Jamaican jazz pianist Monty Alexander celebrates 50 years on the music scene this year.
The internationally- celebrated musician continues to wow his fan base, winning new audiences worldwide with his distinct reggae-infused jazz style.
This year, Monty embarks on a worldwind anniversary tour that takes him from intimate jazz clubs and concert halls to international jazz festivals.
His recently released album, Uplift, enjoyed the coveted No.1 spot on America’s Jazz radio. A Jazz Legacy Productions album, Uplift consists of cleverly produced standards hailed as works of technical and masterful prowess tinged with Monty’s emotive expressions.
On its heels, is another album with a “Jamaican vibration” featuring the Kingston-Harlem Express on record label Motema, which Monty describes a “free flow experience, clearly defined by inspiration and reflection of Jamaican heritage incorporated with the musical style likened to that of jazz legend, Miles Davis.”
In the event you have missed the virtuosity of this jazz music legend with the rendering of old favorites: standards and melodies of the swing and bebop era to his authentic ska-reggae influenced jazz style, Monty is set to perform in New York City starting June 15, at Jazz at Lincoln Center’s Dizzy’s Club, with the return of Monty and the Harlem-Kingston Express.
“When one thinks of Jamaican music, automatically reggae comes to mind,” said John Lynch, Jamaica’s director of tourism. “Jamaica has produced many leaders in diverse fields such as food, culture and entertainment, and music continues to be a field where our country excels.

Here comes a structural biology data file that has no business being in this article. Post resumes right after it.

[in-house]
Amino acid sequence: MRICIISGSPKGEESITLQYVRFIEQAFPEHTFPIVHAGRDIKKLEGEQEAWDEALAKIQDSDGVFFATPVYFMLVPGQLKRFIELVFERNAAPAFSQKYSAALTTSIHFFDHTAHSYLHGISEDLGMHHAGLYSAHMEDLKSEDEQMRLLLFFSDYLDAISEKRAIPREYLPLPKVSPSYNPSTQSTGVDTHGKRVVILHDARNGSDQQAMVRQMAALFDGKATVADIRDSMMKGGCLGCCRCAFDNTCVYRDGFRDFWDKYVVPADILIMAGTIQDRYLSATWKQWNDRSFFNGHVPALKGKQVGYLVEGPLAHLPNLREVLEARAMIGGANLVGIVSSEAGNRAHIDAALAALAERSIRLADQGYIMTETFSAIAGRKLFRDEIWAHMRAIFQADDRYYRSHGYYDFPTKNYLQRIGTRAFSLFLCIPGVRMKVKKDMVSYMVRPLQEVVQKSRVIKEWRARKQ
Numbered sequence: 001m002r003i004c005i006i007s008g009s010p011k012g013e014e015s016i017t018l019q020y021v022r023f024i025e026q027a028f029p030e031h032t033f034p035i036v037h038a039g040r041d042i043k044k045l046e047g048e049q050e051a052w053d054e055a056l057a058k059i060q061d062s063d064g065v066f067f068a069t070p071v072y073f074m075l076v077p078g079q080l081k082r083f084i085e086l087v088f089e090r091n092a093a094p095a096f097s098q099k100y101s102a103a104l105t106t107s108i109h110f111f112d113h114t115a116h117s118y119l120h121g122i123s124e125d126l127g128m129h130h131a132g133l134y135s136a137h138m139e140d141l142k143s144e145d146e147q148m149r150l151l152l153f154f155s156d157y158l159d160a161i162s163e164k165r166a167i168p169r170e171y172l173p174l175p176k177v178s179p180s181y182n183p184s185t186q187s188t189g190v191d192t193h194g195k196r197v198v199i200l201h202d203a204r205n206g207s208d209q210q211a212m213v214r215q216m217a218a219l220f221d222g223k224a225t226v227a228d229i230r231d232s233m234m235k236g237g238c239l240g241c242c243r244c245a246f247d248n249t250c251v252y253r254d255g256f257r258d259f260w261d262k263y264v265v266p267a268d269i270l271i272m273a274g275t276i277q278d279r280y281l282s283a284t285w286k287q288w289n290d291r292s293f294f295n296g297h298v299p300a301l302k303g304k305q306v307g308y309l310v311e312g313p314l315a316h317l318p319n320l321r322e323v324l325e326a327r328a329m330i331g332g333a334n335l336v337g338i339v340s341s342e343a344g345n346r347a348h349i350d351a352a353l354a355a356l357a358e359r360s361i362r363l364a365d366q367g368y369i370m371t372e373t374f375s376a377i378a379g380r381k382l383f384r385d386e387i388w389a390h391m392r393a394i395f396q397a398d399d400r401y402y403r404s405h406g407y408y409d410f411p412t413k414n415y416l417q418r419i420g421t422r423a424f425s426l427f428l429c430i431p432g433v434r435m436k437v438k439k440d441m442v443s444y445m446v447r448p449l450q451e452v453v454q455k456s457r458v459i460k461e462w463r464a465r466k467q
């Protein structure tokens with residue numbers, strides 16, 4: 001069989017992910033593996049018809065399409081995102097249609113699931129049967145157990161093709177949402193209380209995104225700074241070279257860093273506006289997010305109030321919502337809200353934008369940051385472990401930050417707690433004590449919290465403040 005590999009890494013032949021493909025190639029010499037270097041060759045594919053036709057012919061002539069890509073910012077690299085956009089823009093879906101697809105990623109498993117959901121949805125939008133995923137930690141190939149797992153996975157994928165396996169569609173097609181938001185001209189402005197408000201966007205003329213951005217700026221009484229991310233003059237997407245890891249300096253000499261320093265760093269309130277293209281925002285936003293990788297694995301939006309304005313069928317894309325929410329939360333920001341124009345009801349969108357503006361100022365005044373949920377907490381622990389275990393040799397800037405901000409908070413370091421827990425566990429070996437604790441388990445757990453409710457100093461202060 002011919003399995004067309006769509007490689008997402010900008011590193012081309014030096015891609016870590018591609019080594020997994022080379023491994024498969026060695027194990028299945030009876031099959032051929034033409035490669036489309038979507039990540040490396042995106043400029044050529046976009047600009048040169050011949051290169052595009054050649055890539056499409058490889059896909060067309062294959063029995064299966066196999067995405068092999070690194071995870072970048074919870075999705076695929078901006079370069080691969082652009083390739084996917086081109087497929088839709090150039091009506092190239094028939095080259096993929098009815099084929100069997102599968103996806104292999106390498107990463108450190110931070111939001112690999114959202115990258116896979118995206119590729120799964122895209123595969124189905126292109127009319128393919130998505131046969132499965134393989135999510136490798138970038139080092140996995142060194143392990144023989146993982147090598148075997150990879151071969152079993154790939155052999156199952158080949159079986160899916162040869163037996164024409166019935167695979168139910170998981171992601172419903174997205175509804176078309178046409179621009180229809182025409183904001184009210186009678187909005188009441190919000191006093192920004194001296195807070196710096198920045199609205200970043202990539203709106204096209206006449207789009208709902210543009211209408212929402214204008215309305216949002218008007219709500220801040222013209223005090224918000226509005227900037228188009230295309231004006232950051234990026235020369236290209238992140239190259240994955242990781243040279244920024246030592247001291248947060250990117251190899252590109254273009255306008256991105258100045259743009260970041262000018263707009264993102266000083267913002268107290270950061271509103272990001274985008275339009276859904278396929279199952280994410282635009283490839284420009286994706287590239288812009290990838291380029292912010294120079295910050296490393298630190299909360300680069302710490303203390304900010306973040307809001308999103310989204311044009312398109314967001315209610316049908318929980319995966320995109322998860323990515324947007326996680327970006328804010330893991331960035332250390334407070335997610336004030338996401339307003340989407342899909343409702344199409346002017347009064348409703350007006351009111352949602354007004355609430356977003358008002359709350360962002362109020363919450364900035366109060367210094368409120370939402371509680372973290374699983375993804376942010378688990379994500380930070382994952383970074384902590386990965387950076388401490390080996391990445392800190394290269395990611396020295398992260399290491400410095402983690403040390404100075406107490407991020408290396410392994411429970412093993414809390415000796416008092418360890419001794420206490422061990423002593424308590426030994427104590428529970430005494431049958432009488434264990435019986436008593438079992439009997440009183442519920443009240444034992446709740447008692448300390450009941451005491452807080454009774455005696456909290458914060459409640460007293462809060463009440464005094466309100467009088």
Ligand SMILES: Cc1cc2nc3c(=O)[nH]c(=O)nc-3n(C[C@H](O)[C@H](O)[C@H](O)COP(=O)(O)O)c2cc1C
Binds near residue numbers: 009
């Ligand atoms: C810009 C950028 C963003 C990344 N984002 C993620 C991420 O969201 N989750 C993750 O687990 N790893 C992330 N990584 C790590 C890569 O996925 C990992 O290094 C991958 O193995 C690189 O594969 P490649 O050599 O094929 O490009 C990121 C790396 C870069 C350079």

“We are proud of Monty Alexander’s place in the category of world-class jazz pianists, and we are proud to share this aspect of our culture with the world,” Lynch added.
In August, 2000 Monty was honored by the government of Jamaica with the Order of Distinction medal for outstanding services to the country and as a worldwide music ambassador.
The Kingston native will forever be etched in the annals of jazz music history as one of the greatest pianists of all times.
Having had the introduction to the world stage by the legendary Frank Sinatra, Monty has performed with other legends, including: Tony Bennett, Bill Cosby, Ray Brown, Dizzy Gillespie, Sonny Rollins, Clark Terry, Quincy Jones, Ernest Ranglin, Barbara Hendricks, Bobby McFerrin, Sly Dunbar and Robbie Shakespeare, and on Bob Marley’s “Concrete Jungle” collection.
Whatever your fancy, be it jazz standards, free-flow reggae-infused jazz, Monty has mastered the art-form and continues to be a crowd pleaser. He now sets his sights on a musical tour to the unfettered territories of Africa and Asia and will produce a third album to culminate his 50th-year celebration.
Monty discovered the piano at age four and took clasical music at age six.
He began flirting with jazz piano music at age 14 and playing at recording sessions and at bars and clubs with Clue J and his Blues Blasters.
From there, he directed Monty and the Cyclones and played at local gigs.
However, it was his move to Florida in 1961 and subsequently to New York in 1962 that gave Monty the opportunity to work at Club Jillys, where he caught the eye of music legend Frank Sinatra, that gave the burgeoning musician the break of a lifetime that spurned his meteoric rise to jazz’s international stage.